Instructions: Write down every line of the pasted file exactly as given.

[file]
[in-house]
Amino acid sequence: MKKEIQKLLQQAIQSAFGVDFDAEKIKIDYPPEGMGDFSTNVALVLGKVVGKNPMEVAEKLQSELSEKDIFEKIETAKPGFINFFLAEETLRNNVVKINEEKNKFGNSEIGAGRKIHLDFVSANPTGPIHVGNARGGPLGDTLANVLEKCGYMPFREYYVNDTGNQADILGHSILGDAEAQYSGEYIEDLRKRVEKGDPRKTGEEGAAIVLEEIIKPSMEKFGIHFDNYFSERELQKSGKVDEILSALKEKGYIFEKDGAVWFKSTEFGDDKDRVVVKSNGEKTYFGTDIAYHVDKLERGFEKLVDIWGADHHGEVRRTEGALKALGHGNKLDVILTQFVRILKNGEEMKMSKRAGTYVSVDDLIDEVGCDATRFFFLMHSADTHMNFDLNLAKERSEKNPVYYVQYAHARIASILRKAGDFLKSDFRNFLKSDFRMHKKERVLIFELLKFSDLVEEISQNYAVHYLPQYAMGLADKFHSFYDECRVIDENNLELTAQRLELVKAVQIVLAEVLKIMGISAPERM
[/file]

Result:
[in-house]
Amino acid sequence: MKKEIQKLLQQAIQSAFGVDFDAEKIKIDYPPEGMGDFSTNVALVLGKVVGKNPMEVAEKLQSELSEKDIFEKIETAKPGFINFFLAEETLRNNVVKINEEKNKFGNSEIGAGRKIHLDFVSANPTGPIHVGNARGGPLGDTLANVLEKCGYMPFREYYVNDTGNQADILGHSILGDAEAQYSGEYIEDLRKRVEKGDPRKTGEEGAAIVLEEIIKPSMEKFGIHFDNYFSERELQKSGKVDEILSALKEKGYIFEKDGAVWFKSTEFGDDKDRVVVKSNGEKTYFGTDIAYHVDKLERGFEKLVDIWGADHHGEVRRTEGALKALGHGNKLDVILTQFVRILKNGEEMKMSKRAGTYVSVDDLIDEVGCDATRFFFLMHSADTHMNFDLNLAKERSEKNPVYYVQYAHARIASILRKAGDFLKSDFRNFLKSDFRMHKKERVLIFELLKFSDLVEEISQNYAVHYLPQYAMGLADKFHSFYDECRVIDENNLELTAQRLELVKAVQIVLAEVLKIMGISAPERM